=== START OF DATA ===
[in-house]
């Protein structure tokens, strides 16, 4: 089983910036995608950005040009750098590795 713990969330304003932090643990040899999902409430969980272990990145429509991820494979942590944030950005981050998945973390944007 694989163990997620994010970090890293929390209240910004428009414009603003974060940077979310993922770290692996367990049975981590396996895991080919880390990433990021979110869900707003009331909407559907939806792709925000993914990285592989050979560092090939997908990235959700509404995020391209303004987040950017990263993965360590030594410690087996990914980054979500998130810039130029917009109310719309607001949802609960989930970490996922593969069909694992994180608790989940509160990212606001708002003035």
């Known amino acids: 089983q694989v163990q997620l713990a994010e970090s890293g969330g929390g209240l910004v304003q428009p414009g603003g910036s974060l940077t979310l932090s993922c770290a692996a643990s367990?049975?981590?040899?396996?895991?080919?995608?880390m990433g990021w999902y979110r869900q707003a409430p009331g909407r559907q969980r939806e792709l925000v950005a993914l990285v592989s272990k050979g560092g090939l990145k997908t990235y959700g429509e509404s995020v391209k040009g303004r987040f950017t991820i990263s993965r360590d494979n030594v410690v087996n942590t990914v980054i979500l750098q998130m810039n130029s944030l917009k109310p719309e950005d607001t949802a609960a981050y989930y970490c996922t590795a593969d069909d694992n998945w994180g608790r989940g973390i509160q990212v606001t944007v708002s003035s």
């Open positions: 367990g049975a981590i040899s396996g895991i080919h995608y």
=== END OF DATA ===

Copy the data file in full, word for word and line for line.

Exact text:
[in-house]
């Protein structure tokens, strides 16, 4: 089983910036995608950005040009750098590795 713990969330304003932090643990040899999902409430969980272990990145429509991820494979942590944030950005981050998945973390944007 694989163990997620994010970090890293929390209240910004428009414009603003974060940077979310993922770290692996367990049975981590396996895991080919880390990433990021979110869900707003009331909407559907939806792709925000993914990285592989050979560092090939997908990235959700509404995020391209303004987040950017990263993965360590030594410690087996990914980054979500998130810039130029917009109310719309607001949802609960989930970490996922593969069909694992994180608790989940509160990212606001708002003035």
């Known amino acids: 089983q694989v163990q997620l713990a994010e970090s890293g969330g929390g209240l910004v304003q428009p414009g603003g910036s974060l940077t979310l932090s993922c770290a692996a643990s367990?049975?981590?040899?396996?895991?080919?995608?880390m990433g990021w999902y979110r869900q707003a409430p009331g909407r559907q969980r939806e792709l925000v950005a993914l990285v592989s272990k050979g560092g090939l990145k997908t990235y959700g429509e509404s995020v391209k040009g303004r987040f950017t991820i990263s993965r360590d494979n030594v410690v087996n942590t990914v980054i979500l750098q998130m810039n130029s944030l917009k109310p719309e950005d607001t949802a609960a981050y989930y970490c996922t590795a593969d069909d694992n998945w994180g608790r989940g973390i509160q990212v606001t944007v708002s003035s």
């Open positions: 367990g049975a981590i040899s396996g895991i080919h995608y």